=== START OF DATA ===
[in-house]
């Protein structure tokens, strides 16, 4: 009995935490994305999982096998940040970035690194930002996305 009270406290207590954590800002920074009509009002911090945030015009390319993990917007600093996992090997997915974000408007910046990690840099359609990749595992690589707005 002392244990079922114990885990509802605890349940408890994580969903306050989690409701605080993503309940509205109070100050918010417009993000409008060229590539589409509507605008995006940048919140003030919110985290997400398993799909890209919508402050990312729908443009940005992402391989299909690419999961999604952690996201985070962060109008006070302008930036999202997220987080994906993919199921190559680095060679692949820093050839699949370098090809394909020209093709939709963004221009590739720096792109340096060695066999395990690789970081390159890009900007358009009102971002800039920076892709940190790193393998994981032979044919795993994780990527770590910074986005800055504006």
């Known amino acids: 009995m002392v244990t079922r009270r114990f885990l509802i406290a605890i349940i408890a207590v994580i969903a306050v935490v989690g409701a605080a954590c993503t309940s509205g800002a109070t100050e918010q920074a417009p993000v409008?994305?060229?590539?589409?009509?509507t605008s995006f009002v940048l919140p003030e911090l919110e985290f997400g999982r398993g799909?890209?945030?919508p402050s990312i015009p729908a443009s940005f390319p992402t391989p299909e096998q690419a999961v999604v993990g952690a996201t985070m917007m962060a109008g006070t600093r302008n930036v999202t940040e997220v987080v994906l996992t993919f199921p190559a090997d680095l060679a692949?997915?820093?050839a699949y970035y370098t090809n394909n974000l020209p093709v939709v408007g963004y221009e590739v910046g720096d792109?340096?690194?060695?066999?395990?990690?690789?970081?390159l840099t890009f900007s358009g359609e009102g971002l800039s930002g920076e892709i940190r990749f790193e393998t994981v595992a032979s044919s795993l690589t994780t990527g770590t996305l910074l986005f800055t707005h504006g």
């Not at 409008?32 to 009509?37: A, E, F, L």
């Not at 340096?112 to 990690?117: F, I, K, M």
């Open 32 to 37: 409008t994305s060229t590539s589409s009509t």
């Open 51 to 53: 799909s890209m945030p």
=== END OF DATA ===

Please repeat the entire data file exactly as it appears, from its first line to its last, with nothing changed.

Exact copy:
[in-house]
């Protein structure tokens, strides 16, 4: 009995935490994305999982096998940040970035690194930002996305 009270406290207590954590800002920074009509009002911090945030015009390319993990917007600093996992090997997915974000408007910046990690840099359609990749595992690589707005 002392244990079922114990885990509802605890349940408890994580969903306050989690409701605080993503309940509205109070100050918010417009993000409008060229590539589409509507605008995006940048919140003030919110985290997400398993799909890209919508402050990312729908443009940005992402391989299909690419999961999604952690996201985070962060109008006070302008930036999202997220987080994906993919199921190559680095060679692949820093050839699949370098090809394909020209093709939709963004221009590739720096792109340096060695066999395990690789970081390159890009900007358009009102971002800039920076892709940190790193393998994981032979044919795993994780990527770590910074986005800055504006």
């Known amino acids: 009995m002392v244990t079922r009270r114990f885990l509802i406290a605890i349940i408890a207590v994580i969903a306050v935490v989690g409701a605080a954590c993503t309940s509205g800002a109070t100050e918010q920074a417009p993000v409008?994305?060229?590539?589409?009509?509507t605008s995006f009002v940048l919140p003030e911090l919110e985290f997400g999982r398993g799909?890209?945030?919508p402050s990312i015009p729908a443009s940005f390319p992402t391989p299909e096998q690419a999961v999604v993990g952690a996201t985070m917007m962060a109008g006070t600093r302008n930036v999202t940040e997220v987080v994906l996992t993919f199921p190559a090997d680095l060679a692949?997915?820093?050839a699949y970035y370098t090809n394909n974000l020209p093709v939709v408007g963004y221009e590739v910046g720096d792109?340096?690194?060695?066999?395990?990690?690789?970081?390159l840099t890009f900007s358009g359609e009102g971002l800039s930002g920076e892709i940190r990749f790193e393998t994981v595992a032979s044919s795993l690589t994780t990527g770590t996305l910074l986005f800055t707005h504006g």
């Not at 409008?32 to 009509?37: A, E, F, L």
């Not at 340096?112 to 990690?117: F, I, K, M």
């Open 32 to 37: 409008t994305s060229t590539s589409s009509t």
């Open 51 to 53: 799909s890209m945030p």